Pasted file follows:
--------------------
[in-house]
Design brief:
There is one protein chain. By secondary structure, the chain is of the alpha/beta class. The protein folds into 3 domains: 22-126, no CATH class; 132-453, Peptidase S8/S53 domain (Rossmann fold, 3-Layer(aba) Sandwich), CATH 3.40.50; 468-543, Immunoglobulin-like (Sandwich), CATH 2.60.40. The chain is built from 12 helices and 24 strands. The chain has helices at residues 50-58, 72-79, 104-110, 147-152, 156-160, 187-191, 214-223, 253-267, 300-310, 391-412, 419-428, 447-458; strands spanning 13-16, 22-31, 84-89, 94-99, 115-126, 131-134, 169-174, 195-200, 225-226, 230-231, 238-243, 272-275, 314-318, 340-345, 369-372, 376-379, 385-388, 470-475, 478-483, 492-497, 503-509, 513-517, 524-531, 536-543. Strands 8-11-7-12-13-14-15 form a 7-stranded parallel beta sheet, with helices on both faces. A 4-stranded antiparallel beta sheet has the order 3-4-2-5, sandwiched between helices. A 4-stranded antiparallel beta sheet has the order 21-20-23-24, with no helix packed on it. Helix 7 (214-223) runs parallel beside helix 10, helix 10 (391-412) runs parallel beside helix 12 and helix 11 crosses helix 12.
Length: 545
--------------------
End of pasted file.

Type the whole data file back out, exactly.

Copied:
[in-house]
Design brief:
There is one protein chain. By secondary structure, the chain is of the alpha/beta class. The protein folds into 3 domains: 22-126, no CATH class; 132-453, Peptidase S8/S53 domain (Rossmann fold, 3-Layer(aba) Sandwich), CATH 3.40.50; 468-543, Immunoglobulin-like (Sandwich), CATH 2.60.40. The chain is built from 12 helices and 24 strands. The chain has helices at residues 50-58, 72-79, 104-110, 147-152, 156-160, 187-191, 214-223, 253-267, 300-310, 391-412, 419-428, 447-458; strands spanning 13-16, 22-31, 84-89, 94-99, 115-126, 131-134, 169-174, 195-200, 225-226, 230-231, 238-243, 272-275, 314-318, 340-345, 369-372, 376-379, 385-388, 470-475, 478-483, 492-497, 503-509, 513-517, 524-531, 536-543. Strands 8-11-7-12-13-14-15 form a 7-stranded parallel beta sheet, with helices on both faces. A 4-stranded antiparallel beta sheet has the order 3-4-2-5, sandwiched between helices. A 4-stranded antiparallel beta sheet has the order 21-20-23-24, with no helix packed on it. Helix 7 (214-223) runs parallel beside helix 10, helix 10 (391-412) runs parallel beside helix 12 and helix 11 crosses helix 12.
Length: 545